11/18/2016 12:31 EST | Updated 11/19/2017 00:12 EST

Vancouver airport, port dispute MP's suggestion of catastrophic flood risk

OTTAWA — A Liberal MP has been taken to task by the Vancouver airport and port authorities for suggesting their facilities are at risk of catastrophic flooding.

Adam Vaughan made the suggestion in an interview earlier this week as he defended the federal government's plan to lure private-sector partners to invest in public infrastructure.

He gave fortifying the levees and dikes around the port of Vancouver as an example of the kinds of projects that could be funded by the proposed new infrastructure bank, calling it "stupid" and "bloody irresponsible" to let fear of involving the private sector put the port and nearby airport at risk of catastrophic flooding.

Vancouver Airport Authority CEO Craig Richmond has written Vaughan to register his concern that the Toronto MP's comments could erode public confidence in the airport and put it "at a competitive disadvantage by erroneous information."

Richmond says the authority is solely responsible for flood defences around Sea Island, on which the airport sits, and has invested in significant upgrades to the dike and levee systems "to the point where flooding does not represent a significant threat."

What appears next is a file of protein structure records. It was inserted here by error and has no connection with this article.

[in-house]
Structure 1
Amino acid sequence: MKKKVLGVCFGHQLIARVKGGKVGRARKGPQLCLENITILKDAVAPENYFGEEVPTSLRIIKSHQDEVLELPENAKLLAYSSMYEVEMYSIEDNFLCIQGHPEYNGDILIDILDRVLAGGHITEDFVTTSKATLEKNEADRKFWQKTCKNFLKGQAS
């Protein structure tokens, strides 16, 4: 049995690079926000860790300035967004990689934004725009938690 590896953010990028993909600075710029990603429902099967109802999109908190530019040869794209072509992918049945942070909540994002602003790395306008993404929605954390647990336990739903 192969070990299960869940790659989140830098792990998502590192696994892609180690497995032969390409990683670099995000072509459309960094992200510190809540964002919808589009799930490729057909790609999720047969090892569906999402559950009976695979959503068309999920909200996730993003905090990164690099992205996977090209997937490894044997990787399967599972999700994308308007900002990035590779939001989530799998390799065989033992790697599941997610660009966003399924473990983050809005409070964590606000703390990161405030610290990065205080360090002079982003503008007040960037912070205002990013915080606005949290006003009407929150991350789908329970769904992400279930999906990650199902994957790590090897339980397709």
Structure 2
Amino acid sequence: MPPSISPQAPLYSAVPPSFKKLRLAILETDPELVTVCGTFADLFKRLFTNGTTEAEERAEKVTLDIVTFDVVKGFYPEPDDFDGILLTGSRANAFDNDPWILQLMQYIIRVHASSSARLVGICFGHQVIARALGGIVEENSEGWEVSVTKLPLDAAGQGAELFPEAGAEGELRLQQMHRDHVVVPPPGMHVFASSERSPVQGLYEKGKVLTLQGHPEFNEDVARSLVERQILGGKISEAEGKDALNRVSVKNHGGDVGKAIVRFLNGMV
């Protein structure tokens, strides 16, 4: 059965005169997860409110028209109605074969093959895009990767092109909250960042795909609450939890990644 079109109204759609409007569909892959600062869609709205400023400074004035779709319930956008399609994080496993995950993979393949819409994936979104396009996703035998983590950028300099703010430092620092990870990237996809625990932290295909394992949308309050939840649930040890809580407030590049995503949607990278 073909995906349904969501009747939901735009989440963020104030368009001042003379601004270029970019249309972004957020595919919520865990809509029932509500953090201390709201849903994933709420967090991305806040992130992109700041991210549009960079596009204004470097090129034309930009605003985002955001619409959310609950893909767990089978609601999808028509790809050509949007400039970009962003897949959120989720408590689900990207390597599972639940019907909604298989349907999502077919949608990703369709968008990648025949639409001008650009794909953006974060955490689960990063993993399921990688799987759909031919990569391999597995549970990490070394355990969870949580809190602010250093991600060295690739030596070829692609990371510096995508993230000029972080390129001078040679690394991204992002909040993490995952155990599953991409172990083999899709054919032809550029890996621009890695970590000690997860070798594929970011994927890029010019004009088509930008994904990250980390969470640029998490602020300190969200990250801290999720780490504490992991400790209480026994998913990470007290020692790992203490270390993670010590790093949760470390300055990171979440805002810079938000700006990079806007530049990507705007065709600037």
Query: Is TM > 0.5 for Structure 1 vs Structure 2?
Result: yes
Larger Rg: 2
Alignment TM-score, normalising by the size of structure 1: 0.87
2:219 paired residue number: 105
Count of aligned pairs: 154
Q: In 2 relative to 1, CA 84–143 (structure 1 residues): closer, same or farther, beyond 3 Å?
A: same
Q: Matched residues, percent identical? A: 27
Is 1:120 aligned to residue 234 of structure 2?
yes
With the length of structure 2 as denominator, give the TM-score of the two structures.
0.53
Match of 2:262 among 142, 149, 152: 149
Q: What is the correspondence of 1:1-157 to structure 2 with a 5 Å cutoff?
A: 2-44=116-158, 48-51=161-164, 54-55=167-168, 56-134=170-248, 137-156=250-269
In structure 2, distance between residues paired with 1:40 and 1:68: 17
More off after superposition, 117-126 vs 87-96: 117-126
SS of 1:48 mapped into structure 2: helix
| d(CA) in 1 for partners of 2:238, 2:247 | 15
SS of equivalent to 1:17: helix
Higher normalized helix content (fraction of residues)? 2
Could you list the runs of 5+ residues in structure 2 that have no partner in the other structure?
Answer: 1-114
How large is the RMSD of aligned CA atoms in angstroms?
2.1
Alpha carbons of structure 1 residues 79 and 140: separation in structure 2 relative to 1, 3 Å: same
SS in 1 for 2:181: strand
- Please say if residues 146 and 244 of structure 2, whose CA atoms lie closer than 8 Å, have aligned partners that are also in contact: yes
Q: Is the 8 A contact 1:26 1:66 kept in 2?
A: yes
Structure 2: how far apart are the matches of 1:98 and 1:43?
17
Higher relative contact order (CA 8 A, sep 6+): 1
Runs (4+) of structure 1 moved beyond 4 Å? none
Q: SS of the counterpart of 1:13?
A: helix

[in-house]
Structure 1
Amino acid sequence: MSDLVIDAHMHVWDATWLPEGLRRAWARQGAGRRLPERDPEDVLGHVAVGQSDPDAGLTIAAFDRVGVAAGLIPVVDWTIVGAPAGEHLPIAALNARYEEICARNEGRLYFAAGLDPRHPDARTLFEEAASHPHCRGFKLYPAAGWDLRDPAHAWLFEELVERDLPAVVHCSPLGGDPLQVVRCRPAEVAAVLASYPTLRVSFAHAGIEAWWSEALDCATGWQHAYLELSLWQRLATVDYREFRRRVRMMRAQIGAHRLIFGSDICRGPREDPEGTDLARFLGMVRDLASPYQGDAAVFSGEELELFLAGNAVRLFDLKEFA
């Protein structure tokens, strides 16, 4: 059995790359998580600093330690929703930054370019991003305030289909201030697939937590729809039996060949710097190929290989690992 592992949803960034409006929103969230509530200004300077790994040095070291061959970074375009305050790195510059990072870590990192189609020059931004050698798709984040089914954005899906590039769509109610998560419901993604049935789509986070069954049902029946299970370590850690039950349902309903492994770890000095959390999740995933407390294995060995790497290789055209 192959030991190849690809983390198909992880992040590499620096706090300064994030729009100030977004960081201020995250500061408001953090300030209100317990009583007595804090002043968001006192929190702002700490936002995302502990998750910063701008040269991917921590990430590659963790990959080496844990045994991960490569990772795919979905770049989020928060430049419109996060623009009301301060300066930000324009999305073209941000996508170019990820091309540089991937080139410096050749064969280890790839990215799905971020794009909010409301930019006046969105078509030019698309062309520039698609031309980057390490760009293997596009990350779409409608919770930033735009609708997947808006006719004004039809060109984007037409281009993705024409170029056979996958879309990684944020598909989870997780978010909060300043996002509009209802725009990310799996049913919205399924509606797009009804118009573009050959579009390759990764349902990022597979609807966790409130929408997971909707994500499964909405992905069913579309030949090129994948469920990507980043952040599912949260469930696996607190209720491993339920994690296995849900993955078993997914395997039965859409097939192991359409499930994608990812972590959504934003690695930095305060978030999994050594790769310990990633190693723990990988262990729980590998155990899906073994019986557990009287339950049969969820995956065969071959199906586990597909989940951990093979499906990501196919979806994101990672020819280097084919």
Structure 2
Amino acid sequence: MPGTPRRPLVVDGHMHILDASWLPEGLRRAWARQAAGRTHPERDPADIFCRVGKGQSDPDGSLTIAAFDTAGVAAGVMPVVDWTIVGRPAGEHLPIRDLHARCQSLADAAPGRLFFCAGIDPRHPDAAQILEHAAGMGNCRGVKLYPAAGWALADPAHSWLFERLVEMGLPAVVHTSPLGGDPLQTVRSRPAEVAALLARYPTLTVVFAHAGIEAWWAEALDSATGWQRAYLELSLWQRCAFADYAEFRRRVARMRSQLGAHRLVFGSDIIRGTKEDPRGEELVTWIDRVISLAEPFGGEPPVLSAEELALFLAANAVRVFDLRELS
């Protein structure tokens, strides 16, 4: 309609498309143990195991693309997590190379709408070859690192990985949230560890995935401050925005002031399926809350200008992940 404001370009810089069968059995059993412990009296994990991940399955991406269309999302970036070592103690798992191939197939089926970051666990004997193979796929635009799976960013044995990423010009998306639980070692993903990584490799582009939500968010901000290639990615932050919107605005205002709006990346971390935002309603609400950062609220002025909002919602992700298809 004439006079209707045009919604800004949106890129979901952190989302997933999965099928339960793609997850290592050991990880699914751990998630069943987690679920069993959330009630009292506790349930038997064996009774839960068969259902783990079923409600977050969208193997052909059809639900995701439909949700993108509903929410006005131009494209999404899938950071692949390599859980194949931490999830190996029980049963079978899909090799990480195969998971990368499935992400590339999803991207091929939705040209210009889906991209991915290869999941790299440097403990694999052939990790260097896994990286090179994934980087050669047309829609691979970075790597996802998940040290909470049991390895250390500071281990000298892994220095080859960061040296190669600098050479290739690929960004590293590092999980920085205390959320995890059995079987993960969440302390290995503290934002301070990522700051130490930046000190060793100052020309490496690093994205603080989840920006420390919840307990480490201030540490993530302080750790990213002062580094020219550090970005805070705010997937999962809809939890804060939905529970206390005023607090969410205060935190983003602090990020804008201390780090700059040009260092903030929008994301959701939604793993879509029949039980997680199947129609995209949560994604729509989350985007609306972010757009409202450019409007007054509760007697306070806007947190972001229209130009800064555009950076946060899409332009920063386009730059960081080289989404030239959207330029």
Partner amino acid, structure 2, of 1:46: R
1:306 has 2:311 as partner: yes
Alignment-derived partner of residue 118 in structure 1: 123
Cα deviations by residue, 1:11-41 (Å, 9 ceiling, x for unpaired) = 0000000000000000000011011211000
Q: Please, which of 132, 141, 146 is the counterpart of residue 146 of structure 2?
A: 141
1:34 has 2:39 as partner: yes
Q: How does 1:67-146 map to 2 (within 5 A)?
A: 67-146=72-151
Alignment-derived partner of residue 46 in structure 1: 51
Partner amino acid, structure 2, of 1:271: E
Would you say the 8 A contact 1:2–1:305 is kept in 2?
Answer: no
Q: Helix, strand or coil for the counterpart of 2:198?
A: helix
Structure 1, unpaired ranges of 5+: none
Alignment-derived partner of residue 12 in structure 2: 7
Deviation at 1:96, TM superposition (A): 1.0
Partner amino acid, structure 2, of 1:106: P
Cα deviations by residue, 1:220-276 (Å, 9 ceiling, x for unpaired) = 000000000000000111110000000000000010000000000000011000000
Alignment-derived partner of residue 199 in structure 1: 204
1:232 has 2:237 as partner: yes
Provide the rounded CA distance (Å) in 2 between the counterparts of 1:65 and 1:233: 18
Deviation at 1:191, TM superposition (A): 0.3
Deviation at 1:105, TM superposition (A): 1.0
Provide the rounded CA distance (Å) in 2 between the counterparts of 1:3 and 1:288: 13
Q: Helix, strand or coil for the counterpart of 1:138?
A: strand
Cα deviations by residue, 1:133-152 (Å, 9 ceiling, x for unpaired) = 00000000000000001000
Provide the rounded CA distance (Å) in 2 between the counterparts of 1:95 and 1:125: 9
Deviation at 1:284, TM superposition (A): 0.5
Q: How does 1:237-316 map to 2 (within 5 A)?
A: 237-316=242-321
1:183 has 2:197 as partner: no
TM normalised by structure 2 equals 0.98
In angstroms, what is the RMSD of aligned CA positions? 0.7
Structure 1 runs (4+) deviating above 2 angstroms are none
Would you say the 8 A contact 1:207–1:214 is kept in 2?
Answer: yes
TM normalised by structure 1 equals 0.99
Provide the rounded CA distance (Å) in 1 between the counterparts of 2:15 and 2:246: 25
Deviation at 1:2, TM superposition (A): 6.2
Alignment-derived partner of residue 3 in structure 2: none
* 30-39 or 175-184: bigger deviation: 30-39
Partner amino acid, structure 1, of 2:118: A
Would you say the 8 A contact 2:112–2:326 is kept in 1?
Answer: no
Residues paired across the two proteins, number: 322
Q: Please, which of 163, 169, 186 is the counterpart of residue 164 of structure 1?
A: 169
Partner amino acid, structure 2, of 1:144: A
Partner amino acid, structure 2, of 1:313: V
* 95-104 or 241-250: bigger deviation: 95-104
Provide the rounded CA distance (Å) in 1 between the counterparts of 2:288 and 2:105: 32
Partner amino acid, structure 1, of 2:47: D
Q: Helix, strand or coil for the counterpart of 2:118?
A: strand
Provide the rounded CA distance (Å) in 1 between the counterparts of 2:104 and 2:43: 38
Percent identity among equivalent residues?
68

Vaughan, who acknowledged receiving a similar rebuke from the port authority, says he never meant to imply that the two authorities aren't doing their jobs to protect their facilities from flooding; it would have been more accurate to say the levees and dikes elsewhere within the Fraser River Basin need fortification to prevent flooding which could shut down access to the port and airport.

Either way, Vaughan said Friday his overall argument remains the same: urgent infrastructure investments are necessary to protect the Vancouver port and airport from the ravages of extreme weather events brought on by climate change.

"They could be lost to flood if the levees upstream break. The whole system has to have integrity, not just part of it," he said.

No matter how well defended the airport is on its own, a breach of the levees elsewhere in the system could leave it with "a landing strip that's dry but no roads to get to it," he added.